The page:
Knowing how to do something is not the same as understanding it; expanding know-how, our power to control, exponentially, without any concomitant advance in wisdom, is dangerous.
The phrase ‘way of being in the world’ may seem a bit mannered, but I can’t think of a good substitute. It isn’t just about thinking differently, or feeling differently, or behaving differently, though each of those is an important part (and each is bound up with the others). It involves a difference in the type of attention paid to the world. It is about having a whole different take on the world, a different disposition towards the world, in which certain features stand forward and others inevitably recede.
Many readers who share my deep alarm at the world we are creating asked the obvious question: ‘So, what’s the solution?’ Some may have hoped for a five-point plan, but of course there isn’t one. We need to address the problem at a much more fundamental level. We need to look at the roots of the malaise. We need to do nothing less than reconceive our world, our reality in a way that, far from subordinating the right hemisphere, acknowledges that it alone has access to the world beyond us, ‘out there’. We need to learn again to look, to see. That’s to say, we need to redirect our attention to what-out-there-is-not-us in a way that rebalances the contributions of the two hemispheres so as to bring a world into being that is truer, richer and within which we can live less harmfully, more peacefully and with much greater fulfilment.
The journey towards financial enlightenment begins with philosophy. You can sort your finances ‘perfectly’, but without getting your philosophy sorted first, you may be less f-cked up, but you’ll be far from flourishing.
Fertilising our neural soil with philosophy allows us to nurture an all-weather wisdom that transforms how we think, feel, and act with money, that strengthens us from the inside out, and that makes the right call the effortless one, forever more.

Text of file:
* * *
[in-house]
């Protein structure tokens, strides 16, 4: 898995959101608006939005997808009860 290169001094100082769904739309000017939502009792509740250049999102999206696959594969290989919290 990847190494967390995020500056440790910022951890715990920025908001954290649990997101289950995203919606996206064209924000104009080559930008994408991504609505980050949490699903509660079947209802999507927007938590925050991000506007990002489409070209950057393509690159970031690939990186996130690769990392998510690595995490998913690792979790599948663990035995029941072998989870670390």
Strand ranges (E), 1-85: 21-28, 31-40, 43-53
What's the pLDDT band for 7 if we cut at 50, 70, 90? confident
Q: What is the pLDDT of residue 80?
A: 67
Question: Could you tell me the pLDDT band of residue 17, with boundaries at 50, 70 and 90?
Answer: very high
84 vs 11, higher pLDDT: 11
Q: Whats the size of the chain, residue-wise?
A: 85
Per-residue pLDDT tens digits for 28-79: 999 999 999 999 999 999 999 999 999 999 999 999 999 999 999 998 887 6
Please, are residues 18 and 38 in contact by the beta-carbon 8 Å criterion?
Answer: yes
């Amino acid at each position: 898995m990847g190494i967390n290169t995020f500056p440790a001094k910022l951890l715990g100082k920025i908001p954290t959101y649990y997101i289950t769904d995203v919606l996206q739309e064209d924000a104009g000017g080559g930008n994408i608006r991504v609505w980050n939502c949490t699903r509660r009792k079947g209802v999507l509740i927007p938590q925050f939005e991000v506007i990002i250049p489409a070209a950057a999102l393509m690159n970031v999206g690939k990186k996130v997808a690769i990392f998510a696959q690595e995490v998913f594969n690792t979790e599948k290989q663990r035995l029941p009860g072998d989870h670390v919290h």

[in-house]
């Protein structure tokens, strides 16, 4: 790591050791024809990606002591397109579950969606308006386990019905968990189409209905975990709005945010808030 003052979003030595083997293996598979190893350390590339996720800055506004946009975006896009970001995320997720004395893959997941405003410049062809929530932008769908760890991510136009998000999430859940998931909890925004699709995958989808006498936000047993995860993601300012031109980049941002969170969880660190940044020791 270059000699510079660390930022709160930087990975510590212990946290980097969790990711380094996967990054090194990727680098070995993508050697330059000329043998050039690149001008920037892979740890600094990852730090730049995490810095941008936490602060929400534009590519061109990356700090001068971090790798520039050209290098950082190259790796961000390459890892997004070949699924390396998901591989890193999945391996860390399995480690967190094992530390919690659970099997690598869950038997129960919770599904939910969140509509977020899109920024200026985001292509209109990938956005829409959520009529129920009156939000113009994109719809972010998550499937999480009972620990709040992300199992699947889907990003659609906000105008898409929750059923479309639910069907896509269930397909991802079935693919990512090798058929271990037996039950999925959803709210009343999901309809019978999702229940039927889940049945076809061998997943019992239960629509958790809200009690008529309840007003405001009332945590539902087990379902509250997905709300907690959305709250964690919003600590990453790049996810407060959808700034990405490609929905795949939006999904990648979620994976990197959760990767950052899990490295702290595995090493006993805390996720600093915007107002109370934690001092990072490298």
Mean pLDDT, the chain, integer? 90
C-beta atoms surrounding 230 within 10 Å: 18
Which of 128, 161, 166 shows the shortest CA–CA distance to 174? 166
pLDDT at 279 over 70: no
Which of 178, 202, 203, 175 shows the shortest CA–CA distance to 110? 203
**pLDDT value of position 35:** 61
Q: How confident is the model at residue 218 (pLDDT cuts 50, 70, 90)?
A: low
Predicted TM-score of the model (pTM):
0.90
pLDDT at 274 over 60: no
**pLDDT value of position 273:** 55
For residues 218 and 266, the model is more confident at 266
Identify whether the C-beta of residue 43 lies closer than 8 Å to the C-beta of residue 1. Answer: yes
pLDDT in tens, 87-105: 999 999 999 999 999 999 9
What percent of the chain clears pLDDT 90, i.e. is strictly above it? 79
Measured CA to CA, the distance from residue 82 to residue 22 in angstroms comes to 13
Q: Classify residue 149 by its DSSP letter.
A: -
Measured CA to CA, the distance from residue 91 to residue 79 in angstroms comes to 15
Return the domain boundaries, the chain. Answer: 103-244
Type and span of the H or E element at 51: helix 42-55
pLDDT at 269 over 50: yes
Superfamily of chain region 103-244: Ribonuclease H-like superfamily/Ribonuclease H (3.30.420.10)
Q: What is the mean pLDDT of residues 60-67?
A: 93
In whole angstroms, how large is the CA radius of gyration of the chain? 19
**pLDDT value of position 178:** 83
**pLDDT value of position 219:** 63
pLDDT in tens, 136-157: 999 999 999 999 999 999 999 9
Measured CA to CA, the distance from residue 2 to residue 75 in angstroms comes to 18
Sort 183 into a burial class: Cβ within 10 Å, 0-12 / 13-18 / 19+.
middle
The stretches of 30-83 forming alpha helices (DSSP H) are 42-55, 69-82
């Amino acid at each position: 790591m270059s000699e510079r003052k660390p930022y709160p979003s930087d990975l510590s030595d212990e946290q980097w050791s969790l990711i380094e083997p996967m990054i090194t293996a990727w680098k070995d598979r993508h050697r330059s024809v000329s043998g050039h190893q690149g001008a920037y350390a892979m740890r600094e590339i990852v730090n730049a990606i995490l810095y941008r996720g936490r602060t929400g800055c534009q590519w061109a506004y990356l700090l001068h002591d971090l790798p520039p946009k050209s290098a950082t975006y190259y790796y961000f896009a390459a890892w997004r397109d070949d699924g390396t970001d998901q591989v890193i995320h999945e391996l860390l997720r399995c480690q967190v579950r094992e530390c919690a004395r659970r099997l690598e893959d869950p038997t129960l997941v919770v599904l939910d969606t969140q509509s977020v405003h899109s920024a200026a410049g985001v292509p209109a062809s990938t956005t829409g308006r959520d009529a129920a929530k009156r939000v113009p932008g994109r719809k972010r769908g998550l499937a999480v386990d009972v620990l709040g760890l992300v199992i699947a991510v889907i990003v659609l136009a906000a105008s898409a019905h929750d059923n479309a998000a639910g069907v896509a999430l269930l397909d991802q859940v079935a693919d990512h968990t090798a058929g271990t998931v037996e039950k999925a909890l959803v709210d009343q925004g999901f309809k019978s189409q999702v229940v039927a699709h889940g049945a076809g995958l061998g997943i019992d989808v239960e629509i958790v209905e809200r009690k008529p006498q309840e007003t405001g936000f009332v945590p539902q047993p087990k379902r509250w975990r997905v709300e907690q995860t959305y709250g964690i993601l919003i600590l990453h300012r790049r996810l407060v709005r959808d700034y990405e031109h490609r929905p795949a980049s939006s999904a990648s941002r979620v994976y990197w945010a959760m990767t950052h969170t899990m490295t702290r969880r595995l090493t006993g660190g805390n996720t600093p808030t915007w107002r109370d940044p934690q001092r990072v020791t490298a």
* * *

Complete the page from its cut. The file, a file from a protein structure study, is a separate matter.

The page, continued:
This is wisdom in the sense described by historian Will Durant: ‘an application of experience to present problems, a view of the part in the light of the whole, a perspective of the moment in the vista of years past and years to come.’
A philosophic outlook is the very foundation of thought and of life. The sort of ideas we attend to, and the sort of ideas which we push into the negligible background, govern our hopes, our fears, out control of our behaviour. As we think, we live.
Philosophy is not, then, purely a matter of impersonal reason, but living: bound up in the temperament, character and history of the person who expounds it.
The trouble with philosophy for a lot of people is that despite its highly practical aims, there exists a chasm between abstract thought and its real-life expression. Some people’s minds are fluid enough to think themselves into better living with an obsessive openness to experience and a few rounds of reflecting on the helpfulness or otherwise of an action. Others… can’t. Money is the best bridge across the chasm.
Western philosophy speaks of the importance of living an examined life. What better way to do this than with the unequivocal accounting record of your life choices that your credit-card statements provide? Eastern philosophy centres on a meditative process of overcoming self-deception. As we’ll see on just about every page of this book, nothing keeps the fires of our self-deceptions burning like money.